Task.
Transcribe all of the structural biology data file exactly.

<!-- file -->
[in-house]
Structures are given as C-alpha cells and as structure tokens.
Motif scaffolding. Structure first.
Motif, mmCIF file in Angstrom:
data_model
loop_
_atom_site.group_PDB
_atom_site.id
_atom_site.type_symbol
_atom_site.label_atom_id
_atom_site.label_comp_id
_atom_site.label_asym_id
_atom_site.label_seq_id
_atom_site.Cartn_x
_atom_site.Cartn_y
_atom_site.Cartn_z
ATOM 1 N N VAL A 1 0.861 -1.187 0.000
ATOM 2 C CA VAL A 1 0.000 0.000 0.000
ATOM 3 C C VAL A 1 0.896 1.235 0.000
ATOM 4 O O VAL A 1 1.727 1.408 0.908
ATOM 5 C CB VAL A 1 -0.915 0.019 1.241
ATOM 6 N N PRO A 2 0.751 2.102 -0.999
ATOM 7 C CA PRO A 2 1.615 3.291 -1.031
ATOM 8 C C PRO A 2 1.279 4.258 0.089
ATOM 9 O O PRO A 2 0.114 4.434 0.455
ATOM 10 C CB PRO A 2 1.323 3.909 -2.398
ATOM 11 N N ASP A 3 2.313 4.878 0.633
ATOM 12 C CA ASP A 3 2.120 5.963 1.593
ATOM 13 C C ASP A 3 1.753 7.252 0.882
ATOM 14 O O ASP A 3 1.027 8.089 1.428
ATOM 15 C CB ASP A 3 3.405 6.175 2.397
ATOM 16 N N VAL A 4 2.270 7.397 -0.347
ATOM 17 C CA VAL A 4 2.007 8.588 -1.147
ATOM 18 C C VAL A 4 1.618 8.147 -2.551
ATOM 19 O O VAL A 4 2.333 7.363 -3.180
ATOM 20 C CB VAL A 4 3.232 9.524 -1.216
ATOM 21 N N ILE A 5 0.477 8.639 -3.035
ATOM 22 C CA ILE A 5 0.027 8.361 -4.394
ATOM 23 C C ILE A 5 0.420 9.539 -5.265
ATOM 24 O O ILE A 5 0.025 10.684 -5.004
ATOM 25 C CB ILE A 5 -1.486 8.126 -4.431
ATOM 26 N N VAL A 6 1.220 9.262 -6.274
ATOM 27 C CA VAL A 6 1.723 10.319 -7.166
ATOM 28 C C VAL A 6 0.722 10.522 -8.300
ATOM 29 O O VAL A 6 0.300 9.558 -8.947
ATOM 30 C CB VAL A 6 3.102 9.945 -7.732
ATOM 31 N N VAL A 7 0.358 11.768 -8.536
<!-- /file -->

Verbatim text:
[in-house]
Structures are given as C-alpha cells and as structure tokens.
Motif scaffolding. Structure first.
Motif, mmCIF file in Angstrom:
data_model
loop_
_atom_site.group_PDB
_atom_site.id
_atom_site.type_symbol
_atom_site.label_atom_id
_atom_site.label_comp_id
_atom_site.label_asym_id
_atom_site.label_seq_id
_atom_site.Cartn_x
_atom_site.Cartn_y
_atom_site.Cartn_z
ATOM 1 N N VAL A 1 0.861 -1.187 0.000
ATOM 2 C CA VAL A 1 0.000 0.000 0.000
ATOM 3 C C VAL A 1 0.896 1.235 0.000
ATOM 4 O O VAL A 1 1.727 1.408 0.908
ATOM 5 C CB VAL A 1 -0.915 0.019 1.241
ATOM 6 N N PRO A 2 0.751 2.102 -0.999
ATOM 7 C CA PRO A 2 1.615 3.291 -1.031
ATOM 8 C C PRO A 2 1.279 4.258 0.089
ATOM 9 O O PRO A 2 0.114 4.434 0.455
ATOM 10 C CB PRO A 2 1.323 3.909 -2.398
ATOM 11 N N ASP A 3 2.313 4.878 0.633
ATOM 12 C CA ASP A 3 2.120 5.963 1.593
ATOM 13 C C ASP A 3 1.753 7.252 0.882
ATOM 14 O O ASP A 3 1.027 8.089 1.428
ATOM 15 C CB ASP A 3 3.405 6.175 2.397
ATOM 16 N N VAL A 4 2.270 7.397 -0.347
ATOM 17 C CA VAL A 4 2.007 8.588 -1.147
ATOM 18 C C VAL A 4 1.618 8.147 -2.551
ATOM 19 O O VAL A 4 2.333 7.363 -3.180
ATOM 20 C CB VAL A 4 3.232 9.524 -1.216
ATOM 21 N N ILE A 5 0.477 8.639 -3.035
ATOM 22 C CA ILE A 5 0.027 8.361 -4.394
ATOM 23 C C ILE A 5 0.420 9.539 -5.265
ATOM 24 O O ILE A 5 0.025 10.684 -5.004
ATOM 25 C CB ILE A 5 -1.486 8.126 -4.431
ATOM 26 N N VAL A 6 1.220 9.262 -6.274
ATOM 27 C CA VAL A 6 1.723 10.319 -7.166
ATOM 28 C C VAL A 6 0.722 10.522 -8.300
ATOM 29 O O VAL A 6 0.300 9.558 -8.947
ATOM 30 C CB VAL A 6 3.102 9.945 -7.732
ATOM 31 N N VAL A 7 0.358 11.768 -8.536